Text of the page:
Bonar: Here, O My Lord, I See Thee Face to Face

Here, O my Lord, I see Thee face to face;
Here would I touch and handle things unseen;
Here grasp with firmer hand the eternal grace,
And all my weariness upon Thee lean.

This is the hour of banquet and of song
This is the heavenly table spread for me;
Here let me feast, and feasting, still prolong
The ballowed hour of fellowship with Thee.

Here would I feed upon the bread of God,
Here drink with Thee the royal wine of heaven;
Here would I lay aside each earthly load,
Here taste afresh the calm of sin forgiven.

I have no belp but thine; nor do I need
Another arm save thine to lean upon;
It is enough, my Lord, enough indeed;
My strength is in thy might, thy might alone.

Mine is the sin, but thine the righteousness:
Mine is the guilt, but thine the cleansing blood
Here is my robe, my refuge, and my peace;
Thy Blood, thy righteousness, O Lord my God!

Too soon we rise; the symbols disappear;
The feast, though not the love, is past and gone.
The bread and wine remove; but Thou art bere,
Nearer than ever, still my shield and sun.

Feast after feast thus comes and passes by;
Yet, passing, points to the glad feast above,
Giving sweet foretaste of the festal joy,
The Lamb’s great bridal feast of bliss and love.

-Horatius Bonar

To the Sinner

Open thy doors, O stubborn heart,
Thy gates of stone fling wide apart,
The Lord of heaven is come !
He left for thee His throne and state,
Intent to take thee for His mate,
And make thy heart His home.

Long has He tracked thy devious way,
And seen thee wandering far astray,
Upon destruction bent.
But yet He would not thee forsake,
Nor from thee would His mercy take,
But oft deliverance sent

He called : His voice thou wouldst not hear ;
He frowned : His wrath thou wouldst not fear ;
His gifts were all misused.
But still He plied His thankless task,
And condescended oft to ask,
Though oft He was refused.

Look forth, and see who courts thy love.
And longs to take thee for His dove,
To nestle in His breast.
Fain would He break thy galling chain,
Fain would He all thy foes restrain,
And lead thee into rest.

What hast thou to be valued more
Than He who stands thy gate before,
And access seeks to win ?
Art thou not wretched, naked, blind,
With unclean heart, distempered mind.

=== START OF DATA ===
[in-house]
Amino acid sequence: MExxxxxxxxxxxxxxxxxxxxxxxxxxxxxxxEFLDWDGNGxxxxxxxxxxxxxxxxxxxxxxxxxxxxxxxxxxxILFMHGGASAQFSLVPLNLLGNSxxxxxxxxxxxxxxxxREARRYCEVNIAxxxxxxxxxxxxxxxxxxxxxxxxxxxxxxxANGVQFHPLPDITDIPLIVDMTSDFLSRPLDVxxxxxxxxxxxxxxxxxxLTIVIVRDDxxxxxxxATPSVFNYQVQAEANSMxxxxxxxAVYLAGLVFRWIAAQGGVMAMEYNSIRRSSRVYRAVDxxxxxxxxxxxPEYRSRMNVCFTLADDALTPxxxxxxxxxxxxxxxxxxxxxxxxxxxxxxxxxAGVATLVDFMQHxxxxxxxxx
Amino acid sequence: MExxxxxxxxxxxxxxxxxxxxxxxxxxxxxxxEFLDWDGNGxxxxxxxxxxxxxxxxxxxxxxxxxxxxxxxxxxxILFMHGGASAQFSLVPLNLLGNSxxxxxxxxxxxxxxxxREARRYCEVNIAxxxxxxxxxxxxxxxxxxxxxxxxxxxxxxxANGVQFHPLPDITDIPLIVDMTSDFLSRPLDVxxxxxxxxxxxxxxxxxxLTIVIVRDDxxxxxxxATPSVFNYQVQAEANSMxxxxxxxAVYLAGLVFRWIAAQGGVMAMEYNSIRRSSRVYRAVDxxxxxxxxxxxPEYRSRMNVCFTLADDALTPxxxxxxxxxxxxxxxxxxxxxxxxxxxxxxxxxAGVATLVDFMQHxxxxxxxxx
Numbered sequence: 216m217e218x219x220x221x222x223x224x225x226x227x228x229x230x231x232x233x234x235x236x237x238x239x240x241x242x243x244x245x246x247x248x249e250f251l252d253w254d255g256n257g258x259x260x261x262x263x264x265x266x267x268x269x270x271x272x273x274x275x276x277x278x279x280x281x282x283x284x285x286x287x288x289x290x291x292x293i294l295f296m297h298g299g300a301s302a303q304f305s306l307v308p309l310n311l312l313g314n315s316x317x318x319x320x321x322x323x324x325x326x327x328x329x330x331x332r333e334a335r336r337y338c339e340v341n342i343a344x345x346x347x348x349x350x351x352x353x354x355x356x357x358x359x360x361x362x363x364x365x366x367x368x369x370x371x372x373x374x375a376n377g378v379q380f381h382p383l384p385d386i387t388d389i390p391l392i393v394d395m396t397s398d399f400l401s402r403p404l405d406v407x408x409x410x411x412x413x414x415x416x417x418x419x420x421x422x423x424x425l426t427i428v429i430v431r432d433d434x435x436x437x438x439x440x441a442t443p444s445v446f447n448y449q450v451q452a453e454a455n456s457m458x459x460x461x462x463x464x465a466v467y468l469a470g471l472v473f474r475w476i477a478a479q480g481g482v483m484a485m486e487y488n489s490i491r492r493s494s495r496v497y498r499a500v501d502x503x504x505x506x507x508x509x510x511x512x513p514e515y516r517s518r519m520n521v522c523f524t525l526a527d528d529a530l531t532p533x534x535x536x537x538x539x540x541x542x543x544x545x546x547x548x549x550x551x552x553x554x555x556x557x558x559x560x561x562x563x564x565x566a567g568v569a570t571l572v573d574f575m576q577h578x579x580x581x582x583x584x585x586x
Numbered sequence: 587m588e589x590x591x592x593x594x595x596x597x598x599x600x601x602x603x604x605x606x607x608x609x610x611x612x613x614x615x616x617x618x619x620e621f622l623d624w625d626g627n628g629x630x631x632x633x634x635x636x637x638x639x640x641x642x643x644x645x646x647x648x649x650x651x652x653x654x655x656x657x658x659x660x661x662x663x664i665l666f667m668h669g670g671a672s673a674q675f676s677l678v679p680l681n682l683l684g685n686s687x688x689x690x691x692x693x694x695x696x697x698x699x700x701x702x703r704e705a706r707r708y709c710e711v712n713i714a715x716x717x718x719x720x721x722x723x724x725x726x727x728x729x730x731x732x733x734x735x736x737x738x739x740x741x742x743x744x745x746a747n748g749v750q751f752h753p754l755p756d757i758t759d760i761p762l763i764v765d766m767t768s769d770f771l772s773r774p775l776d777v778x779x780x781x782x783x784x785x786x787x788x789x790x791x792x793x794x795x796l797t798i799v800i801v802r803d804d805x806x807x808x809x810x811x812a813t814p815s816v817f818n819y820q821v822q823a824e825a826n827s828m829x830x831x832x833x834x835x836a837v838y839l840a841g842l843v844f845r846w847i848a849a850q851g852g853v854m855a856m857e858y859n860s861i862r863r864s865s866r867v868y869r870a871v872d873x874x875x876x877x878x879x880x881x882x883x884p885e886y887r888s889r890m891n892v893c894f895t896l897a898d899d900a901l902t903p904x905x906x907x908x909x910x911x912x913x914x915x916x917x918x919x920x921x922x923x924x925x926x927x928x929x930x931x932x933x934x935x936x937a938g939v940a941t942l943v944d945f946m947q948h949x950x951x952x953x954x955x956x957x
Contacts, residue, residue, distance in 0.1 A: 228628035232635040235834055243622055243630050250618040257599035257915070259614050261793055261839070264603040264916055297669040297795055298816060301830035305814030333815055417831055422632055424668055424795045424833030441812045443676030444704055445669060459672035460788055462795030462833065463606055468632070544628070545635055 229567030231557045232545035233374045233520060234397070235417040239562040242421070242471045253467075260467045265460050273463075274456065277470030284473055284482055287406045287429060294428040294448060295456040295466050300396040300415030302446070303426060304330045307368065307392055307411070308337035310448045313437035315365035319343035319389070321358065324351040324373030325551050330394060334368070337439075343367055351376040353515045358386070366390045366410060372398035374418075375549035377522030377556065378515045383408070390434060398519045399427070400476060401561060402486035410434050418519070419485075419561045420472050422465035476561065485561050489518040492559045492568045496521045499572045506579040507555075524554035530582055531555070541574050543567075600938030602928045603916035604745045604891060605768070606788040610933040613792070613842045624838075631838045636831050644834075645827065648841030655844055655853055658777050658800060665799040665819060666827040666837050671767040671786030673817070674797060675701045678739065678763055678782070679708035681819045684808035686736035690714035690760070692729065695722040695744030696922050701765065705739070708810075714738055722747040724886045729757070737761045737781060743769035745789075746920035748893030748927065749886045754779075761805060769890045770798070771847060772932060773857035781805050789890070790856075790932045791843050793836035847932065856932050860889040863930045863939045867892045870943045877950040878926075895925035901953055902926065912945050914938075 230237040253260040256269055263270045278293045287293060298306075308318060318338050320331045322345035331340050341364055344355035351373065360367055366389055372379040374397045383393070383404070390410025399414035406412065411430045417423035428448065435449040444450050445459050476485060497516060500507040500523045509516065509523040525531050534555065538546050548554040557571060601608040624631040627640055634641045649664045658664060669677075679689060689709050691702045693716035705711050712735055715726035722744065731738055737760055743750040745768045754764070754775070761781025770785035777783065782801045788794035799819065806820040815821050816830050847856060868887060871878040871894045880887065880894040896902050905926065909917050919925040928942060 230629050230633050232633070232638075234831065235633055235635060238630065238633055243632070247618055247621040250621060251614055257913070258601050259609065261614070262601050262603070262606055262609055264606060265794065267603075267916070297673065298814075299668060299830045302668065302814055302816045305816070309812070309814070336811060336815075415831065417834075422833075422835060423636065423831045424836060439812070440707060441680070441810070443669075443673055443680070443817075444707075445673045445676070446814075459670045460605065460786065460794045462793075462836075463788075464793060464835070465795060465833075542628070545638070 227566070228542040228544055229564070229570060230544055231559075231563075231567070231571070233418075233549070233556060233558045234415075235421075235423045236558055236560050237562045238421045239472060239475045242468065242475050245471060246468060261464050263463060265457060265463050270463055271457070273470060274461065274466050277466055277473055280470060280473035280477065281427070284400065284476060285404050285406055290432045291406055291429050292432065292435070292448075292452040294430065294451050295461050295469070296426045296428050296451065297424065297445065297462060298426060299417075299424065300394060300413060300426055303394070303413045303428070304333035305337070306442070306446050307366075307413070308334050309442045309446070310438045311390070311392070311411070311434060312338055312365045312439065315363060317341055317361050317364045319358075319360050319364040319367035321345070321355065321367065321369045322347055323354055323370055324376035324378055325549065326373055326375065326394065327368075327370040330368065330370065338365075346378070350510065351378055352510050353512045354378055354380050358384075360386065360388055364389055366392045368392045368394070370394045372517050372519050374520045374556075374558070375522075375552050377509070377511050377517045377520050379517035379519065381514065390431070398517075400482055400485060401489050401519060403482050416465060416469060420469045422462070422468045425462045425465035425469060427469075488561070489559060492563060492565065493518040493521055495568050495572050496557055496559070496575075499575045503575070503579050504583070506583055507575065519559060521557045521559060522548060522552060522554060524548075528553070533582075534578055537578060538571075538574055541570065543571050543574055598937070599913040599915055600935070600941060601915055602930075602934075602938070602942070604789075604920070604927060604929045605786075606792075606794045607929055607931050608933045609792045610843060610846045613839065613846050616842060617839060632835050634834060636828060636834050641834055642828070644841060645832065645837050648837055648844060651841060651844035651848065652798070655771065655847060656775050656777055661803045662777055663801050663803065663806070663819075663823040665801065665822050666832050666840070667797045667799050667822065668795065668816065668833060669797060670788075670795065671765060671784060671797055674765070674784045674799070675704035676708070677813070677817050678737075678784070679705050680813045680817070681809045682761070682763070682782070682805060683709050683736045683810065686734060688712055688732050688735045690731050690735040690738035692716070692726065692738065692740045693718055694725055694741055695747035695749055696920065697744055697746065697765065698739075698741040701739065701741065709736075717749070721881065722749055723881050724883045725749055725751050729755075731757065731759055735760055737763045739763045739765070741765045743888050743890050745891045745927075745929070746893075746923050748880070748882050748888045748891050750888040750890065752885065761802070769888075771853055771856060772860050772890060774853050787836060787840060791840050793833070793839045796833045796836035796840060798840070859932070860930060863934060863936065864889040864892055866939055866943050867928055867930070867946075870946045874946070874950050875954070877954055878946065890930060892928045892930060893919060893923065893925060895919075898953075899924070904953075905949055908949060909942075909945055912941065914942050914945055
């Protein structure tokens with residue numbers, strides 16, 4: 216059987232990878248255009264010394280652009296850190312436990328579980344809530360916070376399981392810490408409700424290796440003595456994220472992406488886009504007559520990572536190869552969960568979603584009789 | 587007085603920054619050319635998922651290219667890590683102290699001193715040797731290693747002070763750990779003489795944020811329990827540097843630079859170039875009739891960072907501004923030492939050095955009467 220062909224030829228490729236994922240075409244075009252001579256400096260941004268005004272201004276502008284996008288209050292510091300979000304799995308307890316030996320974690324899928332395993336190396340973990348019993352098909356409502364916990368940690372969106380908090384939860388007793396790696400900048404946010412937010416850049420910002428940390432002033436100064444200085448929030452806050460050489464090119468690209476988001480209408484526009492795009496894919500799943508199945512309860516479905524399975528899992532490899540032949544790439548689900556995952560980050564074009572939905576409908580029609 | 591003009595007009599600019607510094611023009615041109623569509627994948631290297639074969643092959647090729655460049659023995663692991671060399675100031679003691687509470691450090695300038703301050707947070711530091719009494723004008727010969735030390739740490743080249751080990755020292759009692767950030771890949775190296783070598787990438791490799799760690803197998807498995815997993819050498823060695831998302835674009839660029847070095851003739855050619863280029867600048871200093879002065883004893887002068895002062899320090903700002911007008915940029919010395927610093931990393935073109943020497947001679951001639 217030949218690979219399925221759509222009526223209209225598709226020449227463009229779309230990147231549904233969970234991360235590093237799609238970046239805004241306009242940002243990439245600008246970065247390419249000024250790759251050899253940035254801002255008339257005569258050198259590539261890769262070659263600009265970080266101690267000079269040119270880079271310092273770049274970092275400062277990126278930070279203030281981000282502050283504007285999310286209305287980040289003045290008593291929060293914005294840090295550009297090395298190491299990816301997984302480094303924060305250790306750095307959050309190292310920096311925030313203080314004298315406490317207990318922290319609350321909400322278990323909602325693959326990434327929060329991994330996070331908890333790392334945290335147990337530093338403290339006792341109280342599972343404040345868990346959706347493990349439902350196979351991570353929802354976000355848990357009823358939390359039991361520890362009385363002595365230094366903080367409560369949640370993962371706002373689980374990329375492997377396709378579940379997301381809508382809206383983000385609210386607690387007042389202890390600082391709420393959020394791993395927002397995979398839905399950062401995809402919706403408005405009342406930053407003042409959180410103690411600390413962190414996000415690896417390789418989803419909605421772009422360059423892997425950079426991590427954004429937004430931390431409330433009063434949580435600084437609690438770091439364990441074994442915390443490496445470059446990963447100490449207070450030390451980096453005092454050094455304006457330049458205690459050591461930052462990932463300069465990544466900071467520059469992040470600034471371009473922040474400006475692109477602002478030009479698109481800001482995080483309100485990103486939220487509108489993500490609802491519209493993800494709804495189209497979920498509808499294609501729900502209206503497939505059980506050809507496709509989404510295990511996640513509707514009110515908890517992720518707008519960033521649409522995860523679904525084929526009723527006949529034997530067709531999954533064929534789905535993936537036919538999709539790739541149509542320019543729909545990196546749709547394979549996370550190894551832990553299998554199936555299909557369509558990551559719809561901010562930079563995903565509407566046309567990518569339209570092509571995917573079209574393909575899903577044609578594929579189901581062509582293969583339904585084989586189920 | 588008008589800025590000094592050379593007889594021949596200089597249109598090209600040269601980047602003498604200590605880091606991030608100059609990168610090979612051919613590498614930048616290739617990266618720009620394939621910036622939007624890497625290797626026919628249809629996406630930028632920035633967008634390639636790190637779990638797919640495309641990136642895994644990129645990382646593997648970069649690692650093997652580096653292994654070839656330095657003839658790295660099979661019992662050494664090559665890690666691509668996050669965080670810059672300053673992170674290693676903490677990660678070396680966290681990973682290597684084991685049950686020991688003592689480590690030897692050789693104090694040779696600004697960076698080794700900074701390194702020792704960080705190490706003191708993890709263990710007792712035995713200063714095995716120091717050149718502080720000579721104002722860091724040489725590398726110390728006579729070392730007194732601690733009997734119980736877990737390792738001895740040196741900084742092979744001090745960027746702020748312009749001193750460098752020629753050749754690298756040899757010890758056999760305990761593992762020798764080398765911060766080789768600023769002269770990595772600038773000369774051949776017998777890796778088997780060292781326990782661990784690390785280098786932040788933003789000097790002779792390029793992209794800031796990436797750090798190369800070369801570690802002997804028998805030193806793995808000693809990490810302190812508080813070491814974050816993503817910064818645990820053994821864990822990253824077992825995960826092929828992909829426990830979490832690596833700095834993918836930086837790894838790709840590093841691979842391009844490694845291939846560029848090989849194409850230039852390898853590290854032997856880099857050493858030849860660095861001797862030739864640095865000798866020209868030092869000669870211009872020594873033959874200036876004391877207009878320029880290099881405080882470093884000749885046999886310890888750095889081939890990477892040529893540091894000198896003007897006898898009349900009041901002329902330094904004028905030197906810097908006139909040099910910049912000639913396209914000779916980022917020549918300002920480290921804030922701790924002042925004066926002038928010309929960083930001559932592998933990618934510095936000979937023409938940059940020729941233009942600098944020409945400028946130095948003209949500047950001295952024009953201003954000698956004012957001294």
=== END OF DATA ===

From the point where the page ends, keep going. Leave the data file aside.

All darkness and all sin ?

Awake, O Spirit of the Son,
Thy olden works again be done,
In opening closed hearts.
Put in Thy hand, the bars undo,
The carnal mind with grace renew,
Before the Lord departs.

Without Thee, vain the trumpet’s blast.
In vain the summons wide we cast,
Till Thou Thy help extend.
Our field with precious seed is sown,
But yet with thorns ’tis all o’ergrown
Till Thou in rain descend.

Praises to Him the Son who gave ;
Praises to Him who came to save ;
But praises, too, to Thee
Who goest forth to work unseen
(Tho’ soon we know where Thou hast bee:i)
To set the captive free.

-John Milne, from The Life of John Milne by Horatius Bonar, Banner of Truth Trust, 66-67.

I Am Thy Levite Lord

I am Thy Levite, Lord; Thou art my lot alone.
Give me a will in sweet accord with all that is Thine own.
Great things I will not seek; they only prove a snare:
Enough if Thou my spirit keep, unhurt by sin and care.
Too long I’ve lived for time; too long have walked by sight.
Let me now leave this earthly slime, for things all great and bright.
Give me that unction pure, which opes the blinded eye,
And let me see, right clear and sure, the things that are on high.
Oh! clothe me with Thy righteousness, and make me clean within,
That I may see Thy blessed face, thy grace and mercy win.
Lead me within the veil, where stands Thy glorious throne,
And let my Savior’s plea prevail, as if it were mine own.
Here I Thy name will praise, Thine anger’s turned away;
And Thou wilt magnify Thy grace, and all thy love display.
What wilt Thou, Lord, that I for Thee should do or bear?
My heart will joyfully comply to serve Thee everywhere.
To battle forth I go; Jehovah is my strength:
I will not fear though strong the foe; I shall prevail at length.

-John Milne, from The Life of John Milne by Horatius Bonar, Banner of Truth Trust, 38-39

Thy Way, Not Mine, O Lord,

Thy way, not mine, O Lord,
However dark it be;
Lead me by Thine own hand,
Choose out the path for me.

Smooth let it be or rough,
It will be still the best;
Winding or straight, it leads
Right onward to Thy rest.

I dare not choose my lot;
I would not, if I might;
Choose Thou for me, my God,
So I shall walk aright.

Take Thou my cup, and it
With joy or sorrow fill,
As best to Thee may seem;
Choose Thou my good and ill.

Choose Thou for me my friends,
My sickness or my health;
Choose Thou my cares for me
My poverty or wealth.

The kingdom that I seek
Is Thine: so let the way
That leads to it be Thine,